Pregnant women for a long time have known that risk factors such as smoking, alcohol consumption and drug use contribute to mothers having babies that are born prematurely or at a low birth weight. Pre-term births are more likely to result in serious medical conditions for the child, including intraventricular hemorrhage (bleeding of the brain), cerebral palsy, retardation or at worst, death. Research has now revealed a new risk factor – periodontal disease. Pregnant women who have periodontal disease may be seven times more likely to have a baby that is born too early and too small.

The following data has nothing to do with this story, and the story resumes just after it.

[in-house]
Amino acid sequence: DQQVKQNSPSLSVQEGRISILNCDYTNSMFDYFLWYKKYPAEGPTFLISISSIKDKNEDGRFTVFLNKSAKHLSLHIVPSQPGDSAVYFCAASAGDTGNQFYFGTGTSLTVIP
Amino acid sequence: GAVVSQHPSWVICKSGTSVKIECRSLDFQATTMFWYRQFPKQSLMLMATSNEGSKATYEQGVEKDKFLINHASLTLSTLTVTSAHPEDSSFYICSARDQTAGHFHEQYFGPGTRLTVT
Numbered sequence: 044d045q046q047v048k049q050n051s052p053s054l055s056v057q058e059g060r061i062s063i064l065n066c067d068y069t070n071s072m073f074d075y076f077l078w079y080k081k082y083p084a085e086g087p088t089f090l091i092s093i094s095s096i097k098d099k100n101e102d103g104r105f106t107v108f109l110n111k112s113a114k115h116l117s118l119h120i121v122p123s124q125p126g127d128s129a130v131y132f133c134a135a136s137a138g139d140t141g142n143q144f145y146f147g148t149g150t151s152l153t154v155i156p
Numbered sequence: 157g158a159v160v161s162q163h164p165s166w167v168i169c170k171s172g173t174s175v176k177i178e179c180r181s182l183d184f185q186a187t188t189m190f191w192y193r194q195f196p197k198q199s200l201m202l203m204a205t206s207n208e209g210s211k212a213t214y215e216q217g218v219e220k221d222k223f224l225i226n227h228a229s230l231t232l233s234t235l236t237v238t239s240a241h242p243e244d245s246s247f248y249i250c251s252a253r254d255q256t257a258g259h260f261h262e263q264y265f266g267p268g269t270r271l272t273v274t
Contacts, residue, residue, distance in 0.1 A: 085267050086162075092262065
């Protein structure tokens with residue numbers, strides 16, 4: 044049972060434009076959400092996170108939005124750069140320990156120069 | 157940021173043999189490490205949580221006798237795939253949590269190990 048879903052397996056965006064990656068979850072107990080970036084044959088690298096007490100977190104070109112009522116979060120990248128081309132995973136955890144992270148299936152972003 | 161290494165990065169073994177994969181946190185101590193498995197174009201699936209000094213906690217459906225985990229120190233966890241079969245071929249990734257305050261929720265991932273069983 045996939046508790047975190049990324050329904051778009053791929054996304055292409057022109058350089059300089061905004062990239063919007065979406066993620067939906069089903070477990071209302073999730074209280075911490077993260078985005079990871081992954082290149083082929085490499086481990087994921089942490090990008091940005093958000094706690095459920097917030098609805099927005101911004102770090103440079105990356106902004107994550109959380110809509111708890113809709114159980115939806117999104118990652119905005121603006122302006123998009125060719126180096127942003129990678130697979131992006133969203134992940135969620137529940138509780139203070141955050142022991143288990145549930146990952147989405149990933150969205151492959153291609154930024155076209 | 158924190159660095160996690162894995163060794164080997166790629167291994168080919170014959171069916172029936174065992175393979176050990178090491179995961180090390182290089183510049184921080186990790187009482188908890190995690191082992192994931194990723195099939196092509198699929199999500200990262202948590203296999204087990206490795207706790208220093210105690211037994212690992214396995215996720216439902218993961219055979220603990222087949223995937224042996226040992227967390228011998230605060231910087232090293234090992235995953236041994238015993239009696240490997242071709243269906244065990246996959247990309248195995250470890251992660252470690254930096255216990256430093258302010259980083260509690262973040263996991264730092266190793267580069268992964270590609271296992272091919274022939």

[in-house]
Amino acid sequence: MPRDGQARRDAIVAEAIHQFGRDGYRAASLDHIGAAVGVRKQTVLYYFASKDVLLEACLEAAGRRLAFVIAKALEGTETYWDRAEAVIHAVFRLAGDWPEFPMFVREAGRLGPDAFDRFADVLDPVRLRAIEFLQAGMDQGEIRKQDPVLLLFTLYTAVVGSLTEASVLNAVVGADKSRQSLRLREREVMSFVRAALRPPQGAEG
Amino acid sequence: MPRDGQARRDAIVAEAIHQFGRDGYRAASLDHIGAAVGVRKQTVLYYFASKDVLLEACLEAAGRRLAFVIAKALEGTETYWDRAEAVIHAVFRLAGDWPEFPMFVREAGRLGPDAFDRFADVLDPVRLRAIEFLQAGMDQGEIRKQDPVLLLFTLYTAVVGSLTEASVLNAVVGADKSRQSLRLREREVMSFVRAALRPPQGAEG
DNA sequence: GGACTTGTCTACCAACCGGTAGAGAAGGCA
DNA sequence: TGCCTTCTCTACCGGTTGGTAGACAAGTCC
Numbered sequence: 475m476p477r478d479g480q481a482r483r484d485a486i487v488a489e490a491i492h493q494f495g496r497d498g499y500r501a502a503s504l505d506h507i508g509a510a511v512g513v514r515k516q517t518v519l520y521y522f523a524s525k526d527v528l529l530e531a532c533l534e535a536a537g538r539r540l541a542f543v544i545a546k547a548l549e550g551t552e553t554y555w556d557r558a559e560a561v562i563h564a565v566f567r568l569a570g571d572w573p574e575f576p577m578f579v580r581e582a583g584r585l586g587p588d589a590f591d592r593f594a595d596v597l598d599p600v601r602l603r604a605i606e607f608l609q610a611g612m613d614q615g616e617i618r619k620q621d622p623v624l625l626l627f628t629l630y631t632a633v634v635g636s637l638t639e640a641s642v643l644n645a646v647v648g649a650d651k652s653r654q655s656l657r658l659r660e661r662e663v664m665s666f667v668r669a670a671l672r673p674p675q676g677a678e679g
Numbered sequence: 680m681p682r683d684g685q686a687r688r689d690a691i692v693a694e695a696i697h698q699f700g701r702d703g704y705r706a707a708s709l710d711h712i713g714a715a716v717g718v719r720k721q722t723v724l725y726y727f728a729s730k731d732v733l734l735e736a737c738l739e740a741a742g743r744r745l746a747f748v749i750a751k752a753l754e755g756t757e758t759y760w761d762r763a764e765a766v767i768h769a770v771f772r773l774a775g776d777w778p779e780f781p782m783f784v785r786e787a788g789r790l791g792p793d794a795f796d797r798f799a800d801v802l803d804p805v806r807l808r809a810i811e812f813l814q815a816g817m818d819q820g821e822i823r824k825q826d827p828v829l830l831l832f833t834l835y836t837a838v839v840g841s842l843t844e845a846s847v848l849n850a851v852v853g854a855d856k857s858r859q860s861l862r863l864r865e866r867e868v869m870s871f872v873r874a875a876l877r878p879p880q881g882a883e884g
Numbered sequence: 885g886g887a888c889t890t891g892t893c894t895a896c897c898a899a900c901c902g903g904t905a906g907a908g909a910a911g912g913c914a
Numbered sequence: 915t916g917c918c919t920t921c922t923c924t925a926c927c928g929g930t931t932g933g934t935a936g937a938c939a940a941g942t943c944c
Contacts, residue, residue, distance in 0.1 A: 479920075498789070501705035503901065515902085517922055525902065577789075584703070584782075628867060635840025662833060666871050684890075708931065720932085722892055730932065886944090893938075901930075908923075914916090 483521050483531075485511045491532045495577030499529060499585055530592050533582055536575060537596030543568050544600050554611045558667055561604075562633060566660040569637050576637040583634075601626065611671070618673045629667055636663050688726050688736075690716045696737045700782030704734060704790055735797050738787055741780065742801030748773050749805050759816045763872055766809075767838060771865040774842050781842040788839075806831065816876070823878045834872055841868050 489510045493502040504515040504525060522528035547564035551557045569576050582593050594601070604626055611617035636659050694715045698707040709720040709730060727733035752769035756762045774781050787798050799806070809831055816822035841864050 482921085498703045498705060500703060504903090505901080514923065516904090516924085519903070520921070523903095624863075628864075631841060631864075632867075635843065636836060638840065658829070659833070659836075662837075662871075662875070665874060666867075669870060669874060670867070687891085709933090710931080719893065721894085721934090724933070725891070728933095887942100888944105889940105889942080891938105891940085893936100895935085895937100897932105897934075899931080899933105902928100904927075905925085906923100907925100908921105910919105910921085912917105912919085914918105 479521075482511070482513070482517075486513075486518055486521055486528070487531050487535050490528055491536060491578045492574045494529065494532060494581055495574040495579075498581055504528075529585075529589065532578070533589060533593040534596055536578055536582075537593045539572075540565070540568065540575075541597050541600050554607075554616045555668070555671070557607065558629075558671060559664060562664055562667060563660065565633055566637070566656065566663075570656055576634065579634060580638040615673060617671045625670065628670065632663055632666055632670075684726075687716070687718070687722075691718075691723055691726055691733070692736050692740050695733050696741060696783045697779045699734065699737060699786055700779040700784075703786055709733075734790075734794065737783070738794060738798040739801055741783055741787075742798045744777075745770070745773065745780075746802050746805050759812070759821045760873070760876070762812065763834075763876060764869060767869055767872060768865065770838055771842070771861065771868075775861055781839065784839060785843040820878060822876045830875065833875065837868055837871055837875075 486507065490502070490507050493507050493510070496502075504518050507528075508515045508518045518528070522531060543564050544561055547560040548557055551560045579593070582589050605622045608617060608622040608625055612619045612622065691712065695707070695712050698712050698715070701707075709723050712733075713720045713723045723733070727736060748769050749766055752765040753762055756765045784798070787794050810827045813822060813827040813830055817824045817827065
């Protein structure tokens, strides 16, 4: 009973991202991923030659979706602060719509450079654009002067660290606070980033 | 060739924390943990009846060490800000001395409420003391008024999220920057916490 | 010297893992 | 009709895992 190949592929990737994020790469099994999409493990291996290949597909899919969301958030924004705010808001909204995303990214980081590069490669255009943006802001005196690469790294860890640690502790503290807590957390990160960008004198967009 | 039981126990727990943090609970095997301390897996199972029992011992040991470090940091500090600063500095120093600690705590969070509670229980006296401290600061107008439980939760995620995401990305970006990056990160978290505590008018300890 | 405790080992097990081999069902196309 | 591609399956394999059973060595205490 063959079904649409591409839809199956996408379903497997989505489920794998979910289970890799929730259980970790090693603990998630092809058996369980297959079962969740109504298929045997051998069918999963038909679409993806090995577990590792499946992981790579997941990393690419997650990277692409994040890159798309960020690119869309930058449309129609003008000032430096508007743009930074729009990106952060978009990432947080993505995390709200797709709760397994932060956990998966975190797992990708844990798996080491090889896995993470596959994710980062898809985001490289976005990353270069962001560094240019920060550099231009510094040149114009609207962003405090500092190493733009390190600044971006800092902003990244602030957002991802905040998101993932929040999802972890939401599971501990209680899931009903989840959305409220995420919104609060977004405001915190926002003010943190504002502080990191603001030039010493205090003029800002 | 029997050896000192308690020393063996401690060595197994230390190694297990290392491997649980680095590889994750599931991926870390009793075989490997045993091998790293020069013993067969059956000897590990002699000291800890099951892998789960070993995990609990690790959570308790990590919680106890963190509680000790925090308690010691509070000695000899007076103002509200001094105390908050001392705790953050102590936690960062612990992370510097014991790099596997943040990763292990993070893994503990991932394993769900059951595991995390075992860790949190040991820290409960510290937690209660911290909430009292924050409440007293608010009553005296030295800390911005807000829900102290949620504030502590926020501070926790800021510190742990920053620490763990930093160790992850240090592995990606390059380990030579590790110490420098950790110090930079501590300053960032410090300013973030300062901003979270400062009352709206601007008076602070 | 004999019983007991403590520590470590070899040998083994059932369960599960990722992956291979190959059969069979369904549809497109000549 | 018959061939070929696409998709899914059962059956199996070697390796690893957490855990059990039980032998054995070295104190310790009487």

More research is needed to confirm how periodontal disease may affect pregnancy outcomes. It appears that periodontal disease triggers increased levels of biological chemicals called prostaglandins that induce labor. Furthermore, data suggests that women whose periodontal condition worsens during pregnancy have an even higher risk of having a premature baby. All infections are cause for concern among pregnant women because they pose a risk to the health of the baby. It is recommended that women considering pregnancy have a periodontal evaluation.